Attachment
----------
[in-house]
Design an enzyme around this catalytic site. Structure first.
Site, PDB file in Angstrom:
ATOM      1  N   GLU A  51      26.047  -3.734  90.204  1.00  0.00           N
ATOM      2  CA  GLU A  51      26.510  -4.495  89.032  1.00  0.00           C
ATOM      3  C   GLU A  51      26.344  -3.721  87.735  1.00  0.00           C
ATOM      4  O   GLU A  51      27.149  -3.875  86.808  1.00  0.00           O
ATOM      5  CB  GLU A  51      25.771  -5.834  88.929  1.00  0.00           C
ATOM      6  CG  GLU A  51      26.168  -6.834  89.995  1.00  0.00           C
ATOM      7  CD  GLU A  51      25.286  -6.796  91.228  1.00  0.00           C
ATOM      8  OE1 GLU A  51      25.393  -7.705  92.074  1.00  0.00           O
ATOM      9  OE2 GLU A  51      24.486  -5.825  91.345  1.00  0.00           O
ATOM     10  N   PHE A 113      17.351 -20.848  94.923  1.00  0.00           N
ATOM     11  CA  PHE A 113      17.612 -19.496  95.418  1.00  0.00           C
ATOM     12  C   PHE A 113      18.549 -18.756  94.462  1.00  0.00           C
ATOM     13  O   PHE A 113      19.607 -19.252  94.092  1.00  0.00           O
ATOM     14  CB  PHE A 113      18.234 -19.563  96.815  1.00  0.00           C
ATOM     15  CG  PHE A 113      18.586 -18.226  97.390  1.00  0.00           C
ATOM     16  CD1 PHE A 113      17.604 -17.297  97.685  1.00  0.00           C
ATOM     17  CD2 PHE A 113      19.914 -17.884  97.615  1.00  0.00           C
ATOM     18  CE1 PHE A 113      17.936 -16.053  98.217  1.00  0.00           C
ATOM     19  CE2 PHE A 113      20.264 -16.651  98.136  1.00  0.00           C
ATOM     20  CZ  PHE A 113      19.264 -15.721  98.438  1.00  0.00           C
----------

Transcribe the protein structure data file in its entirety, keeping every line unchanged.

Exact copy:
[in-house]
Design an enzyme around this catalytic site. Structure first.
Site, PDB file in Angstrom:
ATOM      1  N   GLU A  51      26.047  -3.734  90.204  1.00  0.00           N
ATOM      2  CA  GLU A  51      26.510  -4.495  89.032  1.00  0.00           C
ATOM      3  C   GLU A  51      26.344  -3.721  87.735  1.00  0.00           C
ATOM      4  O   GLU A  51      27.149  -3.875  86.808  1.00  0.00           O
ATOM      5  CB  GLU A  51      25.771  -5.834  88.929  1.00  0.00           C
ATOM      6  CG  GLU A  51      26.168  -6.834  89.995  1.00  0.00           C
ATOM      7  CD  GLU A  51      25.286  -6.796  91.228  1.00  0.00           C
ATOM      8  OE1 GLU A  51      25.393  -7.705  92.074  1.00  0.00           O
ATOM      9  OE2 GLU A  51      24.486  -5.825  91.345  1.00  0.00           O
ATOM     10  N   PHE A 113      17.351 -20.848  94.923  1.00  0.00           N
ATOM     11  CA  PHE A 113      17.612 -19.496  95.418  1.00  0.00           C
ATOM     12  C   PHE A 113      18.549 -18.756  94.462  1.00  0.00           C
ATOM     13  O   PHE A 113      19.607 -19.252  94.092  1.00  0.00           O
ATOM     14  CB  PHE A 113      18.234 -19.563  96.815  1.00  0.00           C
ATOM     15  CG  PHE A 113      18.586 -18.226  97.390  1.00  0.00           C
ATOM     16  CD1 PHE A 113      17.604 -17.297  97.685  1.00  0.00           C
ATOM     17  CD2 PHE A 113      19.914 -17.884  97.615  1.00  0.00           C
ATOM     18  CE1 PHE A 113      17.936 -16.053  98.217  1.00  0.00           C
ATOM     19  CE2 PHE A 113      20.264 -16.651  98.136  1.00  0.00           C
ATOM     20  CZ  PHE A 113      19.264 -15.721  98.438  1.00  0.00           C